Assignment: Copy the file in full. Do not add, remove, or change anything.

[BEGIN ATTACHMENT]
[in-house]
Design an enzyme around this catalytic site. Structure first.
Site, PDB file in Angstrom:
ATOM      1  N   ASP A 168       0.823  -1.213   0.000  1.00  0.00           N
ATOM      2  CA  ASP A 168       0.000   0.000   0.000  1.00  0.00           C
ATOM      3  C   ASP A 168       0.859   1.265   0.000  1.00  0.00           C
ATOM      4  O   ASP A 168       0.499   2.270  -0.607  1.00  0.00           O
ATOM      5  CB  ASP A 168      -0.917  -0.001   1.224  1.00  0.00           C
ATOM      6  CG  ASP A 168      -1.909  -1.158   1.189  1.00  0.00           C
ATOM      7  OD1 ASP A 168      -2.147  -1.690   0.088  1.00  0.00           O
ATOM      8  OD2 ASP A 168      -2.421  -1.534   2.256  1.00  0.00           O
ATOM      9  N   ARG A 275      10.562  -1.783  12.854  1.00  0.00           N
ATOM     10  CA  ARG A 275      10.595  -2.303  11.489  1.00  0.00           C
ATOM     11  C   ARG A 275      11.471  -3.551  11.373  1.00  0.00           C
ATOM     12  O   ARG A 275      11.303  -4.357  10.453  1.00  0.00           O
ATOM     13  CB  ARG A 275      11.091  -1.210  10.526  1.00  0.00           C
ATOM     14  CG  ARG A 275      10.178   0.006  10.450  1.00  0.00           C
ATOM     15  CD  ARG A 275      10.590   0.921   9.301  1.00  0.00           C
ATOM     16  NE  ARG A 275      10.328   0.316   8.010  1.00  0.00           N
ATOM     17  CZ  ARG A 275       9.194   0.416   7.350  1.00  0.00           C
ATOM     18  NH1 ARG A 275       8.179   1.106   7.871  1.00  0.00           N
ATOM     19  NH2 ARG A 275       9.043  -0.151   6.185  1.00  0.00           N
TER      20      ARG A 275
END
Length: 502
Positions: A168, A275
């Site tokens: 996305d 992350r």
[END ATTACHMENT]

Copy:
[in-house]
Design an enzyme around this catalytic site. Structure first.
Site, PDB file in Angstrom:
ATOM      1  N   ASP A 168       0.823  -1.213   0.000  1.00  0.00           N
ATOM      2  CA  ASP A 168       0.000   0.000   0.000  1.00  0.00           C
ATOM      3  C   ASP A 168       0.859   1.265   0.000  1.00  0.00           C
ATOM      4  O   ASP A 168       0.499   2.270  -0.607  1.00  0.00           O
ATOM      5  CB  ASP A 168      -0.917  -0.001   1.224  1.00  0.00           C
ATOM      6  CG  ASP A 168      -1.909  -1.158   1.189  1.00  0.00           C
ATOM      7  OD1 ASP A 168      -2.147  -1.690   0.088  1.00  0.00           O
ATOM      8  OD2 ASP A 168      -2.421  -1.534   2.256  1.00  0.00           O
ATOM      9  N   ARG A 275      10.562  -1.783  12.854  1.00  0.00           N
ATOM     10  CA  ARG A 275      10.595  -2.303  11.489  1.00  0.00           C
ATOM     11  C   ARG A 275      11.471  -3.551  11.373  1.00  0.00           C
ATOM     12  O   ARG A 275      11.303  -4.357  10.453  1.00  0.00           O
ATOM     13  CB  ARG A 275      11.091  -1.210  10.526  1.00  0.00           C
ATOM     14  CG  ARG A 275      10.178   0.006  10.450  1.00  0.00           C
ATOM     15  CD  ARG A 275      10.590   0.921   9.301  1.00  0.00           C
ATOM     16  NE  ARG A 275      10.328   0.316   8.010  1.00  0.00           N
ATOM     17  CZ  ARG A 275       9.194   0.416   7.350  1.00  0.00           C
ATOM     18  NH1 ARG A 275       8.179   1.106   7.871  1.00  0.00           N
ATOM     19  NH2 ARG A 275       9.043  -0.151   6.185  1.00  0.00           N
TER      20      ARG A 275
END
Length: 502
Positions: A168, A275
């Site tokens: 996305d 992350r």